How to Become a Firefighter in Canada
Steps to Becoming A Firefighter in Canada
- Check the local minimum requirements: All fire departments in Canada have some minimum education and physical requirements and they differ from province to province. Most require a high school diploma, (or Canadian GED) and be in good physical condition at the very minimum. Many require additional education and training, such as a college or university. Check with the Office of Fire Commissioner in your area for detailed requirements. See below for physical requirements.
- Get certified: Firefighters must have a valid Office of the Fire Commissioner (OFC)certification. There are OFC office in each province. You can obtain this certification by completing a recognized firefighting program at a college or university, or by completing a combination of on-the-job training and and accredited program. You will need to pass a series of exams and interviews in order to enter a program. See below for contents of the test.
- On-the-Job-Training: Once hired as a firefighter, your employer will provide additional training on the job. This may include additional classroom training as well as practical training on firefighting topics such as fire suppression, rescue operations, and hazardous materials handling.
- Get licensed: After your training is complete, the OFC will issue a license to work as a firefighter in Canada. To obtain your license, you must pass a written and a practical exam.
Canadian Firefighter Physical Requirement
Firefighters in Canada are required to be in good physical condition, as the job can be physically demanding.
Below are some physical requirements. Most fire departments require applicants to complete a physical fitness test.
- Physical fitness: Firefighting is physically demanding work and firefighters must be physically fit to perform day-to-day tasks such as carrying heavy equipment, climbing stairs, crawling through small spaces, lifting and carrying heavy objects, such as hoses, ladders, and rescue equipment. Firefighters often work for extended periods in physically demanding conditions, requiring strength and stamina.
- Coordination, Vision and Hearing: Firefighters require excellent hand-to-eye coordination, hearing and visual acuity. Some fire departments have a vision test as part of the hiring process. Most firefighter tests have a listening comprehension section.
Example Physical tasks in a Fitness test:
- Navigate in a Confined Space
- Ladder Climb
- Drag an 80 kb Sled 30 meters
- Extend a ladder vertically 10.67M (35’) to the maximum extension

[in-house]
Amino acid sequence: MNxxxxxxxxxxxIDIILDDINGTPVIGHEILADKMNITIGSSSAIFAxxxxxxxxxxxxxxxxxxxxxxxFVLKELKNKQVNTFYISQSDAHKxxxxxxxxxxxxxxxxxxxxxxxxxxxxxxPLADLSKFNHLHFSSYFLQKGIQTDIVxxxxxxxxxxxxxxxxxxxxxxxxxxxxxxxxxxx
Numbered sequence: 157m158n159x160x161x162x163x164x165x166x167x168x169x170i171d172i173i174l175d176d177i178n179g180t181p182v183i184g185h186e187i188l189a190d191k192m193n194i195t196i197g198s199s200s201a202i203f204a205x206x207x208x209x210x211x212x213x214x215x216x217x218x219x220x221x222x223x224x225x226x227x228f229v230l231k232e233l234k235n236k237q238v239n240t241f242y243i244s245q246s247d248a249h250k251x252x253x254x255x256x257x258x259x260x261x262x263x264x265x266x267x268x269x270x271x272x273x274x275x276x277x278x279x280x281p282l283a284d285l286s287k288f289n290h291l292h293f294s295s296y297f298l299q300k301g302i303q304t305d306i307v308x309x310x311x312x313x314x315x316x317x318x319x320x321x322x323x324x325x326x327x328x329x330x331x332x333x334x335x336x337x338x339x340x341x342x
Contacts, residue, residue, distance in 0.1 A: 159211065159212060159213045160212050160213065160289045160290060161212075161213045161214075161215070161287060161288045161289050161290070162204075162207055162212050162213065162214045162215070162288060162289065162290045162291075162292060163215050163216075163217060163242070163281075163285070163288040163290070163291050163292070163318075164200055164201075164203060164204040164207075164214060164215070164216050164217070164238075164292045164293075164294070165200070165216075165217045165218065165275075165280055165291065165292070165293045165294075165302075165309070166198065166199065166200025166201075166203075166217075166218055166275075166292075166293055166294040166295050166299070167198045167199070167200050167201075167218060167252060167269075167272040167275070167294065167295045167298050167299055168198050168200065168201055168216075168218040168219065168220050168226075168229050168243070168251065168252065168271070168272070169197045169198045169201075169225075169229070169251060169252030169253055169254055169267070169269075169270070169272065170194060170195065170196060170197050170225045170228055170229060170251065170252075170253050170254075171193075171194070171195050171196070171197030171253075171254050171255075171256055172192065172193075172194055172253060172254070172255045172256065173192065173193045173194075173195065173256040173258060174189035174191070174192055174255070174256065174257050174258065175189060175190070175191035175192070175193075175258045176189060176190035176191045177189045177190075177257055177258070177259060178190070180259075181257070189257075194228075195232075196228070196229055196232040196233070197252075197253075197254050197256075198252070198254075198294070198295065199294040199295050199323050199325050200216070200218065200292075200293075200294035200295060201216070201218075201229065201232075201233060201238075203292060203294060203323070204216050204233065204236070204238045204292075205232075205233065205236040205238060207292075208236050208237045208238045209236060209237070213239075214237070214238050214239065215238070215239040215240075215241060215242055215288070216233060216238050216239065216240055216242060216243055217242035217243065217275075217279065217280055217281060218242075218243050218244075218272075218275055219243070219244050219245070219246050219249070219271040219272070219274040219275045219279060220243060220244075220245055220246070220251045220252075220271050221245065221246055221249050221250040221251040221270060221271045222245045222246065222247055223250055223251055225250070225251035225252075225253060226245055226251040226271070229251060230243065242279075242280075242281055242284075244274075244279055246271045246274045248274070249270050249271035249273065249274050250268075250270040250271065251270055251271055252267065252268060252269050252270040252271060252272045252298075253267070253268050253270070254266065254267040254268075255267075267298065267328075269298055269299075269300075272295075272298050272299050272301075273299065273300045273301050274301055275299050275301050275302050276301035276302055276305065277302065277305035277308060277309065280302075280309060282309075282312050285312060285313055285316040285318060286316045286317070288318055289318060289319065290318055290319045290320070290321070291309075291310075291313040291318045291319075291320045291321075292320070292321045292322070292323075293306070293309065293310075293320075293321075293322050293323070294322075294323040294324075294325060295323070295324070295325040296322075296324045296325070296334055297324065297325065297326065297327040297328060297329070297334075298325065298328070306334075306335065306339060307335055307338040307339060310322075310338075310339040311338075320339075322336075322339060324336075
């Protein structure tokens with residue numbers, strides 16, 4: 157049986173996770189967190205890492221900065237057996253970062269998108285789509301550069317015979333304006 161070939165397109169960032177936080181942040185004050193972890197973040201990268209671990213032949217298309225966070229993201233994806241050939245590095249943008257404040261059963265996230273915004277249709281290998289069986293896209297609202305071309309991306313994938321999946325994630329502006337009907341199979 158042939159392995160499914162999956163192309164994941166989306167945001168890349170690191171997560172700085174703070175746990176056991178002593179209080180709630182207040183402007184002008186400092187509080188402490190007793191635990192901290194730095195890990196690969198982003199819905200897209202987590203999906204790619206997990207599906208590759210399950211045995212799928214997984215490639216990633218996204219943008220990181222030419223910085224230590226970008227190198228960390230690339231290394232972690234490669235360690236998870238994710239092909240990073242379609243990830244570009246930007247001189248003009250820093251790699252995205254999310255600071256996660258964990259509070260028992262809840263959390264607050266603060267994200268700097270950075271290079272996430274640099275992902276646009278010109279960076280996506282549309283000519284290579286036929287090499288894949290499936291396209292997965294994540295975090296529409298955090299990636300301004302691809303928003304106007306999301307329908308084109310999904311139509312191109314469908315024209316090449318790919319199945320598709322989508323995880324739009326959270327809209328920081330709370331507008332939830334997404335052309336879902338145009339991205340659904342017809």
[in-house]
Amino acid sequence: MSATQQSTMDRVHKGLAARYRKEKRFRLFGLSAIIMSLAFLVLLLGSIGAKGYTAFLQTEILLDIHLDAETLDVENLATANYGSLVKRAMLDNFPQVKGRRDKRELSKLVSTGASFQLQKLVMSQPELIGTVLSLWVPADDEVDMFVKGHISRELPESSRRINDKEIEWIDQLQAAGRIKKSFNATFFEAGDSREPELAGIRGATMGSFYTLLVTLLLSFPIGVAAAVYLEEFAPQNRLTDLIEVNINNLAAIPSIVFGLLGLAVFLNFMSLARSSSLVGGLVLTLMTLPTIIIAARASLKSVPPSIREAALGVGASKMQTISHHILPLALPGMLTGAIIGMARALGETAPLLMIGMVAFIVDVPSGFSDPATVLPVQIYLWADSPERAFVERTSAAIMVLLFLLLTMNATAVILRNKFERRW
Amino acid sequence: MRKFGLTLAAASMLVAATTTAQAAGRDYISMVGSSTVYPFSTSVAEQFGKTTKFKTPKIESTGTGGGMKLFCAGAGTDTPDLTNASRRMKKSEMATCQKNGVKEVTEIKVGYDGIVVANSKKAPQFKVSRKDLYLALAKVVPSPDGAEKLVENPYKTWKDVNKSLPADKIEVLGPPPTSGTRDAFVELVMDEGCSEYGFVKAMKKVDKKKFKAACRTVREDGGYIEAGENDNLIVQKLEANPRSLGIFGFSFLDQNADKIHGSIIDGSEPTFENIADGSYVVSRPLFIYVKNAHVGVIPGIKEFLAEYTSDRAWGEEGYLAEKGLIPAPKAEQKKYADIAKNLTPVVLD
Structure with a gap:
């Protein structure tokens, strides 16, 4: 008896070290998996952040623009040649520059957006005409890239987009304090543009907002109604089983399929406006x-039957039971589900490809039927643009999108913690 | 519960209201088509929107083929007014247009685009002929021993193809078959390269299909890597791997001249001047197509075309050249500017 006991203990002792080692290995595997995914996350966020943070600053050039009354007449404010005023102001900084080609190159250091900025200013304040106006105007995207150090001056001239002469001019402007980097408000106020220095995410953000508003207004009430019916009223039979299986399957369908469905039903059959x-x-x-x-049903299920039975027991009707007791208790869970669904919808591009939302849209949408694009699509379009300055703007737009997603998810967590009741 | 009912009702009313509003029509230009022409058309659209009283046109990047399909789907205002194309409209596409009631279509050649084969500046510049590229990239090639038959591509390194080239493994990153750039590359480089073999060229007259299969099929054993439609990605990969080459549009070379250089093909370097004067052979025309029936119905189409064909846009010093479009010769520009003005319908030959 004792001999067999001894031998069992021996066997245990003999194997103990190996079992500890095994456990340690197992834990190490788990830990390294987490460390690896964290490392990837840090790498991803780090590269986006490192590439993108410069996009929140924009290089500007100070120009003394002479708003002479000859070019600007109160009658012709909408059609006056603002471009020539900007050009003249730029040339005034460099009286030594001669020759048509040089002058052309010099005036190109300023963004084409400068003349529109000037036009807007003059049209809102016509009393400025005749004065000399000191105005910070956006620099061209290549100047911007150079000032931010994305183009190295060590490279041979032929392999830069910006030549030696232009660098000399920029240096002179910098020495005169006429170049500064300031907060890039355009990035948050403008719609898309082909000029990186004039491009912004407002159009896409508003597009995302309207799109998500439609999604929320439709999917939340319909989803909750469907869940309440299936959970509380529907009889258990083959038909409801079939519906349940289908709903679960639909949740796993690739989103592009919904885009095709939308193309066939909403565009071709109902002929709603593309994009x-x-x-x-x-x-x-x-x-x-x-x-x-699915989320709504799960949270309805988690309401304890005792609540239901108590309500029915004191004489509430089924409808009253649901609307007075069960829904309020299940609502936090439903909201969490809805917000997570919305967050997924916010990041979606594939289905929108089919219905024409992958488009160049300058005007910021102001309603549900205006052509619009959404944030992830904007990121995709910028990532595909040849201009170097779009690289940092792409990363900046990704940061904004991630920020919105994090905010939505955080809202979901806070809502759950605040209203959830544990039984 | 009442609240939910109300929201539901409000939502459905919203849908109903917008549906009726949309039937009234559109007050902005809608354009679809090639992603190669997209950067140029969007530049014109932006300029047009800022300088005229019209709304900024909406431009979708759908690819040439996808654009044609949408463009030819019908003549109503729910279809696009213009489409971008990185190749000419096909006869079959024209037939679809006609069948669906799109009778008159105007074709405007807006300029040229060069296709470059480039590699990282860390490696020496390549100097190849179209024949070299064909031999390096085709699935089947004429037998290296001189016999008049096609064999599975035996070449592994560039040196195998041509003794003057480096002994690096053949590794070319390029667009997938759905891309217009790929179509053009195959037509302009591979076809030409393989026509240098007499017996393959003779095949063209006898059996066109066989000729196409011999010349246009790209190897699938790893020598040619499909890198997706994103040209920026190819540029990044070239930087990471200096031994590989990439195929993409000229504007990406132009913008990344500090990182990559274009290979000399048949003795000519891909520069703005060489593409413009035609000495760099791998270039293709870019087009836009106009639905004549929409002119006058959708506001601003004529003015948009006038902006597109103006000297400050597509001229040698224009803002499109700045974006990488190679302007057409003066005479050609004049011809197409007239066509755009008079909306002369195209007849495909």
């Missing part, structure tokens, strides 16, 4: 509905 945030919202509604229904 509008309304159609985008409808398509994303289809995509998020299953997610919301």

- Carry a hose or other heavy object 5 stories twice
- Lift hose roll weighing 25kg (55lb) and carry to a height of 17m
- Carry a hydrant kit in one hand and walk across the rungs of a 4.2m (14’) ladder without falling off the ladder
- Advance 45m (150’) of charged 45mm (1¾”) fire hose 30m (100’).
- Lift and carry a 41kg (90lb) roll of large diameter supply line 15m (50’).
Requirements vary depending on the specific fire department you are applying to. Some departments may have additional requirements and some are more stringent than others.
Common Mistakes on the Canadian Firefighter Test
- Poor physical fitness Firefighting is physically demanding, so if you aren’t in excellent shape you may struggle during the physical test. Prepare yourself for the physical test in advance.
- Poor time management on the test. The Canadian firefighter test is a timed test. How to manage your time on a test
- Not preparing. This is a tough test so make sure you know your stuff! Firefighter practice questions here
- Not following the test instructions. This a common error on any test. Read the instructions for each section and follow precisely. If you don’t pay close attention, you will make careless mistakes that affect your score needlessly.
- Inability to work in a team. Firefighters work closely with others, so candidates who don’t demonstrate good teamwork skills are not a good fit for the job. Your teamwork skills are assessed during the interview portion
- Poor communication skills. Effective communication is crucial for firefighters. Your communication skills are also assessed during the interview process.
- Poor problem-solving skills. Firefighters must often solve complex problems quickly.
- Failure to adapt. Firefighters must adapt to changing situations quickly, so candidates who don’t demonstrate adaptability may not be seen as a good fit for the job.
Most common Canadian firefighters tests
FF EL 100 Series
FF EL 200 Series
FF EL 300 Series
Fire and Police Selection (FPSI)
Comprehensive Exam Battery (CEB)
Practice Skills Test (PST)
Occupational Specific (OS Test)
How much do firefighters make in Canada?
According to the latest figures, the highest hourly average (median) wages are earned in Alberta at $47.27 per hour and the lowest average (median) wages are earned in Montreal – Quebec at $32.00 per hour.
A typical full-time annual salary for this occupation is in the region of $75,000 – $105,000.
All the above test are broadly similar with a few variations. Most tests have 100 multiple choice questions covering the following areas:
- Reading Comprehension
- Listening Comprehension
- Basic Math (Arithmetic, fractions, decimals, simple geometry)
- Mechanical Aptitude
- Map Reading
- Logical and mathematical reasoning ability (drawing inferences, word problems)
- Spatial Sense